Cruise line spas charge rates equal to high-end salons, and you may be shocked by the prices. A massage is typically about $110 to $150, with more exotic treatments running into the $200 to $500 range. Passes to thermal suites and thalassotherapy pools average $15 to $30 per day, with cruise-long packages available. Be sure to pay attention to the onboard communications for any specials that might produce lower-cost options – many times discounts can be enjoyed while the ship is in port.
Gratuities and tipping policies vary by cruise line, but most recommend about $10 to $12 per person, per day, to be distributed among those who provide key services - dining room waiters, assistant waiters, and stateroom stewards. If you have a higher-end stateroom with butler service, be prepared to tip extra. As a reminder, bar tabs are automatically charged a 15 percent gratuity, and any time the maitre d' performs a special service, such as arranging for a birthday cake to be brought to the table, he should be tipped, as well. Most cruise lines allow you to pre-pay for gratuities, which are then built into the cost of the voyage and eliminate the need for this as an out-of-pocket expense while onboard ship. If a guest has not pre-paid their gratuities, they are typically automatically added to the stateroom’s folio on the 2nd or 3rd night of the sailing (depending on itinerary length).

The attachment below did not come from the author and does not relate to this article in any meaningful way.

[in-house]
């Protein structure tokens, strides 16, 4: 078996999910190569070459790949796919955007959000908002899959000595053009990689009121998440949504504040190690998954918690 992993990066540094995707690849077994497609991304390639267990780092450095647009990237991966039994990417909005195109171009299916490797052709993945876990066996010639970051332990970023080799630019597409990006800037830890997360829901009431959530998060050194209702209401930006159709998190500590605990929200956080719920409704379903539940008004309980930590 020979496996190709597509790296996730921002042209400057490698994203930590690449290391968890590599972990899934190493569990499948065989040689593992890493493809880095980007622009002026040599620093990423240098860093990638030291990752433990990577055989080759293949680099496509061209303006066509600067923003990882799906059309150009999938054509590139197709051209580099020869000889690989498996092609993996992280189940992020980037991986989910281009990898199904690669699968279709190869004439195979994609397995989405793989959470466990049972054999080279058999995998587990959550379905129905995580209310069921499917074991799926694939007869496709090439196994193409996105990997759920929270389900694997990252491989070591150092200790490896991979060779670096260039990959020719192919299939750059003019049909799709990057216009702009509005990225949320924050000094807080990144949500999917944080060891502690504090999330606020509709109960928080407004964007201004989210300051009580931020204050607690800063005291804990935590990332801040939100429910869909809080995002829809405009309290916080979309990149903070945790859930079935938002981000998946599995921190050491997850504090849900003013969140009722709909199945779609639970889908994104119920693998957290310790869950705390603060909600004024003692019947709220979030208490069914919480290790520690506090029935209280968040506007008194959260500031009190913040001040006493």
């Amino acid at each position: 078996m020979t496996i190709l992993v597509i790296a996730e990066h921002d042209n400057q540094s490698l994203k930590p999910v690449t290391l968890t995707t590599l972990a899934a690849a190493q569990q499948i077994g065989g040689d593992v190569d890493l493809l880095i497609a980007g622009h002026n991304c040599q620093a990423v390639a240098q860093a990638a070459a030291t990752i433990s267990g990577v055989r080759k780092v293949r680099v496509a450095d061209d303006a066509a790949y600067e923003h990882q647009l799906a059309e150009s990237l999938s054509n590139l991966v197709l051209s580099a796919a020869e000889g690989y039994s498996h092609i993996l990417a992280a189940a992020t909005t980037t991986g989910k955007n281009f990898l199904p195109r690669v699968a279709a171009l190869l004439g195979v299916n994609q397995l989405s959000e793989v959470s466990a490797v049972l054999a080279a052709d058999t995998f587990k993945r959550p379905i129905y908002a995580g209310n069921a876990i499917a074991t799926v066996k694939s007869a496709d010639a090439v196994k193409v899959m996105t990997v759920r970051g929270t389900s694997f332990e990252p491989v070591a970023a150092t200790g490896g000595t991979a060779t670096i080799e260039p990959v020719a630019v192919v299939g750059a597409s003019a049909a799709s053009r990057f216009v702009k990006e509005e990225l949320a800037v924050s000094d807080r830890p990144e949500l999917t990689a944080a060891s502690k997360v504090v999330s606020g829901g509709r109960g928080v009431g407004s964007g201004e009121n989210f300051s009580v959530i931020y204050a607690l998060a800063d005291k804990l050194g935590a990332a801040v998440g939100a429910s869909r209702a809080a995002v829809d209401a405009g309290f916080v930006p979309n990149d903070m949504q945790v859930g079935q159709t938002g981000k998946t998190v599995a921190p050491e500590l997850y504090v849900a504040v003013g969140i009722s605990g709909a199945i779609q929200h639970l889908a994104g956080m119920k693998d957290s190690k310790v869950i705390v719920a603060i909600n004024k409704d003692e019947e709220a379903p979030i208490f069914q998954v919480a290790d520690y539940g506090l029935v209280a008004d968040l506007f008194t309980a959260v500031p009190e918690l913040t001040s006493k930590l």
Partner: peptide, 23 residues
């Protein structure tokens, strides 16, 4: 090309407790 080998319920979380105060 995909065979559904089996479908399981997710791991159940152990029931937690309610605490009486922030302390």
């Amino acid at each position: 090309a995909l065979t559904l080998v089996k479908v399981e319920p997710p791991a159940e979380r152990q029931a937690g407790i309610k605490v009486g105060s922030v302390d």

5. Shore Excursions